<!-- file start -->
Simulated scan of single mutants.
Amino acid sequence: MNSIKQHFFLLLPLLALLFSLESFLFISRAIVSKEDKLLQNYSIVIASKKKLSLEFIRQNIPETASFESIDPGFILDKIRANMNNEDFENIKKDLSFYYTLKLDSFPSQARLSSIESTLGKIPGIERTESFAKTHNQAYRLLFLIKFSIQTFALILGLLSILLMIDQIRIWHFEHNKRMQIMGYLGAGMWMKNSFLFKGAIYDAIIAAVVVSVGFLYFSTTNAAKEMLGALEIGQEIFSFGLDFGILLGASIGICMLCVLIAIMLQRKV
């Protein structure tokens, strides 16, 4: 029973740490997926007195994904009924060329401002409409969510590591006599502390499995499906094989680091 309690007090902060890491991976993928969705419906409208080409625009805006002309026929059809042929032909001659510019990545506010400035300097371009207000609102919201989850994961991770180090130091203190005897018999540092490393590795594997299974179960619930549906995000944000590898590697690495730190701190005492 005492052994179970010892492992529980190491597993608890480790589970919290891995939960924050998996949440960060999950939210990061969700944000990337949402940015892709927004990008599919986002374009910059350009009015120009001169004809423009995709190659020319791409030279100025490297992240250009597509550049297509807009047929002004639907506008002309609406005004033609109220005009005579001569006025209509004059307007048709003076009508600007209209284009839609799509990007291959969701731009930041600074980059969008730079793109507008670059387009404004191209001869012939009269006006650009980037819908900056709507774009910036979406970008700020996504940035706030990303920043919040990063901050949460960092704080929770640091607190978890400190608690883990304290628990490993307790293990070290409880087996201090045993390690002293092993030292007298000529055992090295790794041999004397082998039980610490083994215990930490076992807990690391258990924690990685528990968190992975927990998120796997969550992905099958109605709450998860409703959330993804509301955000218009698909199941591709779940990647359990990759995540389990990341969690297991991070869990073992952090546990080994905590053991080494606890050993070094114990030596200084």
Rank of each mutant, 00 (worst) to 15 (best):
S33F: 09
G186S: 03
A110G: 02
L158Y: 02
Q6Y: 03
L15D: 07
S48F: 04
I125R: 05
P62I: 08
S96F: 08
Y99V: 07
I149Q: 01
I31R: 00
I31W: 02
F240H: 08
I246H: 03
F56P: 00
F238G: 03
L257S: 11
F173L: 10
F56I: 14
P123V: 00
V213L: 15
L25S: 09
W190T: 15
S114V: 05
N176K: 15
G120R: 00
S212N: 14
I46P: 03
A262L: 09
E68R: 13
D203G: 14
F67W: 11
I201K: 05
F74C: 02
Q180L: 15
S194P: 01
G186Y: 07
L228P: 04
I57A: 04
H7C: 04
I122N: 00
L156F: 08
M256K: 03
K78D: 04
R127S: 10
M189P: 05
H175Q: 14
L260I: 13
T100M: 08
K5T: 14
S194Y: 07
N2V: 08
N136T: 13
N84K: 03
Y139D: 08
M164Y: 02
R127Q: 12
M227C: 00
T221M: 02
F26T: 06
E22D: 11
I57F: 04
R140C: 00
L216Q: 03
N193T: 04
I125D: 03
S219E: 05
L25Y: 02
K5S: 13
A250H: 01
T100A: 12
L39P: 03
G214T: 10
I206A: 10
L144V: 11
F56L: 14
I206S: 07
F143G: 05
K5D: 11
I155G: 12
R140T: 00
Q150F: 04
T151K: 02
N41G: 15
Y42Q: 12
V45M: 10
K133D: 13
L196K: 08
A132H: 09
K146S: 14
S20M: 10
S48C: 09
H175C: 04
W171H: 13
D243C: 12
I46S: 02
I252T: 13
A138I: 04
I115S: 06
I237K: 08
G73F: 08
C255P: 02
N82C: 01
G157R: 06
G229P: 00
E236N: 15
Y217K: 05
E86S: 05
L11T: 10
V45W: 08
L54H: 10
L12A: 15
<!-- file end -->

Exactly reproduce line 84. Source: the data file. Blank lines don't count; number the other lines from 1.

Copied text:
F143G: 05